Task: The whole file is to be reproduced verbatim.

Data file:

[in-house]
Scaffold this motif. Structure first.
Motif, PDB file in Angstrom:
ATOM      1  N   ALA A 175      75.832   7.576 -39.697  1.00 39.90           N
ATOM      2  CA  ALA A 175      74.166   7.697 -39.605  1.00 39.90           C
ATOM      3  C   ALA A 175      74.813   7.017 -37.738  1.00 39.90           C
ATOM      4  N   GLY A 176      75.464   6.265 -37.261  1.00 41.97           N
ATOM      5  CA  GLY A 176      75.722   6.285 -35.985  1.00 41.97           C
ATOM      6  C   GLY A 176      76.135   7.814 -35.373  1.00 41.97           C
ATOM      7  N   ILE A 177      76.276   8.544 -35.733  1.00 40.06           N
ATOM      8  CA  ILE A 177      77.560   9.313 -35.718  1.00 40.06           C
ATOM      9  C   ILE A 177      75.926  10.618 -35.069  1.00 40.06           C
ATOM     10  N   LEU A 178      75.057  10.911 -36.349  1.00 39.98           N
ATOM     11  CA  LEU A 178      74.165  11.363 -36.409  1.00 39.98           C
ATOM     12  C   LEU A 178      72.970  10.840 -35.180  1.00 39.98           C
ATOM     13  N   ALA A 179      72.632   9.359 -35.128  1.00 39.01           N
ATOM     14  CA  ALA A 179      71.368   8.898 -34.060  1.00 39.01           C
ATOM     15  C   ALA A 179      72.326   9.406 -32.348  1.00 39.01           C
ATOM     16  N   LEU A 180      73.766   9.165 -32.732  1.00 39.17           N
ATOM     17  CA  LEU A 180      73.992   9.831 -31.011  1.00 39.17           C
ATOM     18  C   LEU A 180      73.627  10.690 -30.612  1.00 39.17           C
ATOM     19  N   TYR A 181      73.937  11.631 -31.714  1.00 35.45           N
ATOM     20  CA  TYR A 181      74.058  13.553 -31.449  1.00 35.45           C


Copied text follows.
[in-house]
Scaffold this motif. Structure first.
Motif, PDB file in Angstrom:
ATOM      1  N   ALA A 175      75.832   7.576 -39.697  1.00 39.90           N
ATOM      2  CA  ALA A 175      74.166   7.697 -39.605  1.00 39.90           C
ATOM      3  C   ALA A 175      74.813   7.017 -37.738  1.00 39.90           C
ATOM      4  N   GLY A 176      75.464   6.265 -37.261  1.00 41.97           N
ATOM      5  CA  GLY A 176      75.722   6.285 -35.985  1.00 41.97           C
ATOM      6  C   GLY A 176      76.135   7.814 -35.373  1.00 41.97           C
ATOM      7  N   ILE A 177      76.276   8.544 -35.733  1.00 40.06           N
ATOM      8  CA  ILE A 177      77.560   9.313 -35.718  1.00 40.06           C
ATOM      9  C   ILE A 177      75.926  10.618 -35.069  1.00 40.06           C
ATOM     10  N   LEU A 178      75.057  10.911 -36.349  1.00 39.98           N
ATOM     11  CA  LEU A 178      74.165  11.363 -36.409  1.00 39.98           C
ATOM     12  C   LEU A 178      72.970  10.840 -35.180  1.00 39.98           C
ATOM     13  N   ALA A 179      72.632   9.359 -35.128  1.00 39.01           N
ATOM     14  CA  ALA A 179      71.368   8.898 -34.060  1.00 39.01           C
ATOM     15  C   ALA A 179      72.326   9.406 -32.348  1.00 39.01           C
ATOM     16  N   LEU A 180      73.766   9.165 -32.732  1.00 39.17           N
ATOM     17  CA  LEU A 180      73.992   9.831 -31.011  1.00 39.17           C
ATOM     18  C   LEU A 180      73.627  10.690 -30.612  1.00 39.17           C
ATOM     19  N   TYR A 181      73.937  11.631 -31.714  1.00 35.45           N
ATOM     20  CA  TYR A 181      74.058  13.553 -31.449  1.00 35.45           C